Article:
Running through my life in Rio like Manichaean undercurrents, yin and yang, light and dark, good and evil, joy and despair are the mico and the barata. Micos are the tiny marmosets that scamper past my open window in the mornings, pit-pattering over my neighbor's corrugated tin roof to leap into the mango tree nearby, all four limbs outstretched in a moment of pure exhilaration. They look like evil Jim Henson mini-demons with their downturned mouths and shocks of white hair shooting out on the sides of their furry heads, but they bring innumerable moments of pleasure into my life and release me from darker thoughts with their sudden chattering appearance. (The ones that hang around here are playful and shy to approach humans, unlike the scary micos that leap onto tables and bully tourists into giving up their snacks at Sugar Loaf Mountain, a popular vista point.) Their dark counterpoint, my great, trembling vulnerability here, are baratas, cockroaches, big brown tropical cockroaches with wings that I have neither learned to kill nor to react to in a calm, accepting manner. They terrorize me. There are moments when I begin to imagine cockroaches in every corner, imagine them flying in my window at night (it happened last night and I knew it wasn't just a fever-induced delirium), see them scuttling into my ear while I sleep, see them in the food I eat.
|Blur your vision and it is a cockroach|
Indeed, while preparing these pinhões (plural of pinhão), I began to see them as a big collection of cockroaches, hard-shells glistening ominously under the kitchen lights. But reason took hold and I kept on with the work of piercing, boiling, then peeling back their hard outer layers, imagining the nutty treasure inside, more than triple the size of the European and North American pine nuts I am used to. Peeling these nuts open is hard work, and at one point I considered banging them open with my flip-flop, the way people smash cockroaches here in one blow (whap!).
But my monkey patience persevered, and I ended up with a nice collection of waxy, yellow-brown nuts, slightly chewy like chestnuts can sometimes be. I snacked on several whole and coarsely chopped up the rest to layer on top of a squash puree I made.
Calling these mysterious beings "pine nut" may be misleading for those used to those teardrop nuts coming from arrow-shaped dark green conifers and their brown pine cones. The man at the market said they were "a type of Portuguese nut" in response to my curiosity, but these actually come from the Brazilian pine, pinheiro-do-paraná or pinheiro brasileiro, known by the scientists as Araucaria angustifolia. The tree is also an evergreen, but its leaves begin much farther up the trunk and its branches extend outwards in more of a radial pattern, like a big halo or green fireworks.
And look at the pine cones! They are grrreeeeen:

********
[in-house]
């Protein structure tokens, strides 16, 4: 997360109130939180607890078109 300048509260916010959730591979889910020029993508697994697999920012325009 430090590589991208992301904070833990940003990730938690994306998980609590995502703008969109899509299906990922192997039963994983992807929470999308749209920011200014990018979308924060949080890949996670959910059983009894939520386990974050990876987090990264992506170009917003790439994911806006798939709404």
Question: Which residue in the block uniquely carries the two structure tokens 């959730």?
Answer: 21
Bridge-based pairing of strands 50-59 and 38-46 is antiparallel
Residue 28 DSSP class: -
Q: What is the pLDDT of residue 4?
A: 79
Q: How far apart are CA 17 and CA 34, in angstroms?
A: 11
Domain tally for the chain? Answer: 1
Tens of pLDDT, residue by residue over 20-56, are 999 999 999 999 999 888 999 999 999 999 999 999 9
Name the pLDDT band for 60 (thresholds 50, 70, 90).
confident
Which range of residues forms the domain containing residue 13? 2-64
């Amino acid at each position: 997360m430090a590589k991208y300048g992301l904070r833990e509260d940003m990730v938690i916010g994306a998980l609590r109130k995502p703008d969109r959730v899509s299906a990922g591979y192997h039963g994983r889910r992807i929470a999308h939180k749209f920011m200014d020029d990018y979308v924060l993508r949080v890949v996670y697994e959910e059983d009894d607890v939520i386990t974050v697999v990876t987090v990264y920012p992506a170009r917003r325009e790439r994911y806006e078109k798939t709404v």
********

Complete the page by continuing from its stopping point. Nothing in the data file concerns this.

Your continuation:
They remind me of durian, the infamous stinky fruit (like natto, a taste not to be savored by the masses, but adored by those strong of palate).
What else can I say about pinhão? The tree grows mostly in the more temperate and higher altitude regions in Brazil's southwest and is endangered due in part to the replacement of the Paraná pine on private lots with Canadian pines--think Christmas trees--whose wood has a higher market value (boo to decisions based solely on market value!!). It is a traditional food of indigenous tribes, much as pine nuts have been for North American tribes, and was also adopted with enthusiasm by Italian and German immigrants to southwest Brazil. People in the town of Lage in Santa Catarina state, are nuts (ahhh! couldn't help it, not sorry about it) about pinhão and eat it all sorts of ways: roasted, boiled, ground up with manioc flour, in a mayonnaise, pureed, gnocchi'd, eaten as a dessert or with dessert, on pizza, in a pancake, in a dish called entrevero mixing pinhão with meat and greens, etc.
Here is my attempt to give you some sense of scale:
More on pinhão (in Portuguese) from Slow Food Brasil, which is trying to raise awareness about this endangered nut, and from an informative blog called Brasil Sabor.
But just as I thought I was coming out of my delirium and ridding myself of disturbing associations (brown nut conjuring the terror of the flying cockroach), I open up my Portuguese-English dictionary from 1945 and read under the entry for pinhões do Brasil: "black vomiting-nuts." What?? Another rabbit hole I've fallen down. Turns out black vomiting-nuts, also known as the psychic nut, come from the Jatropha plant, sometimes a tree, sometimes a shrub, and that has recently been known as the great biodiesel hope. I could try to follow this new thread to its end, but as we know in the world of vegetable identification and Internet burrowing, there is never a finite end and so we must stop when our eyes begin to buzz and our heads begin to swivel around in search of micos to distract us from our mental labyrinths. Weeeeee, weeeeee, I hear their high-pitched calling now.... Let us end here for today.